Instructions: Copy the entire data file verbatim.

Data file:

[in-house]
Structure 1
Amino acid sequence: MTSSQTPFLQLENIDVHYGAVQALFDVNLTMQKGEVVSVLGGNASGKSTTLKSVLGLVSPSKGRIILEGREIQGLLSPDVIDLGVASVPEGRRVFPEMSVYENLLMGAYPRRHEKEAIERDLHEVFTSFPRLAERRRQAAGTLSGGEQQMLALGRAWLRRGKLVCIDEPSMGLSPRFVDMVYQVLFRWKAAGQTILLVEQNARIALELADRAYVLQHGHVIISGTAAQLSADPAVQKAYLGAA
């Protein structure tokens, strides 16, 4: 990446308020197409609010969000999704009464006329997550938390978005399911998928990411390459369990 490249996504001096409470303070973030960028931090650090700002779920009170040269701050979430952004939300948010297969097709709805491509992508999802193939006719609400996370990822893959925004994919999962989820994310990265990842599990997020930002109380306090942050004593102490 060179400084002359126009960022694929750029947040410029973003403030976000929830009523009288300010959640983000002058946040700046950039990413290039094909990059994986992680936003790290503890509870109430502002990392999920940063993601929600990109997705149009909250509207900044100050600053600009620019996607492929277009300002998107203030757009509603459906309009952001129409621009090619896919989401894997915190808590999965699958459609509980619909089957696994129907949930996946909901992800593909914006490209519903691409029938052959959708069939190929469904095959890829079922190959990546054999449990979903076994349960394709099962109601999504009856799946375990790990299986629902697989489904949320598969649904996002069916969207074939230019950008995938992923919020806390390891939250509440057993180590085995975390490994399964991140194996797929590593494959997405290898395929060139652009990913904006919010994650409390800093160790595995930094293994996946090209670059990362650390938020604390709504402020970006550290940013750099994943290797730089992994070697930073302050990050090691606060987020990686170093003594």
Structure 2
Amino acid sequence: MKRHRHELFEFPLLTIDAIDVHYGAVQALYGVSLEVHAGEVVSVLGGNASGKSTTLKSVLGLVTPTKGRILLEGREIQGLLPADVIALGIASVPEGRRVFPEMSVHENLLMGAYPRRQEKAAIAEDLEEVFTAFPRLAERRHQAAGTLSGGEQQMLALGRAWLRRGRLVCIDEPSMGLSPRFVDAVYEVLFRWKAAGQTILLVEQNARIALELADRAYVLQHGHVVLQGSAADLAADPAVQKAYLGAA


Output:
[in-house]
Structure 1
Amino acid sequence: MTSSQTPFLQLENIDVHYGAVQALFDVNLTMQKGEVVSVLGGNASGKSTTLKSVLGLVSPSKGRIILEGREIQGLLSPDVIDLGVASVPEGRRVFPEMSVYENLLMGAYPRRHEKEAIERDLHEVFTSFPRLAERRRQAAGTLSGGEQQMLALGRAWLRRGKLVCIDEPSMGLSPRFVDMVYQVLFRWKAAGQTILLVEQNARIALELADRAYVLQHGHVIISGTAAQLSADPAVQKAYLGAA
């Protein structure tokens, strides 16, 4: 990446308020197409609010969000999704009464006329997550938390978005399911998928990411390459369990 490249996504001096409470303070973030960028931090650090700002779920009170040269701050979430952004939300948010297969097709709805491509992508999802193939006719609400996370990822893959925004994919999962989820994310990265990842599990997020930002109380306090942050004593102490 060179400084002359126009960022694929750029947040410029973003403030976000929830009523009288300010959640983000002058946040700046950039990413290039094909990059994986992680936003790290503890509870109430502002990392999920940063993601929600990109997705149009909250509207900044100050600053600009620019996607492929277009300002998107203030757009509603459906309009952001129409621009090619896919989401894997915190808590999965699958459609509980619909089957696994129907949930996946909901992800593909914006490209519903691409029938052959959708069939190929469904095959890829079922190959990546054999449990979903076994349960394709099962109601999504009856799946375990790990299986629902697989489904949320598969649904996002069916969207074939230019950008995938992923919020806390390891939250509440057993180590085995975390490994399964991140194996797929590593494959997405290898395929060139652009990913904006919010994650409390800093160790595995930094293994996946090209670059990362650390938020604390709504402020970006550290940013750099994943290797730089992994070697930073302050990050090691606060987020990686170093003594």
Structure 2
Amino acid sequence: MKRHRHELFEFPLLTIDAIDVHYGAVQALYGVSLEVHAGEVVSVLGGNASGKSTTLKSVLGLVTPTKGRILLEGREIQGLLPADVIALGIASVPEGRRVFPEMSVHENLLMGAYPRRQEKAAIAEDLEEVFTAFPRLAERRHQAAGTLSGGEQQMLALGRAWLRRGRLVCIDEPSMGLSPRFVDAVYEVLFRWKAAGQTILLVEQNARIALELADRAYVLQHGHVVLQGSAADLAADPAVQKAYLGAA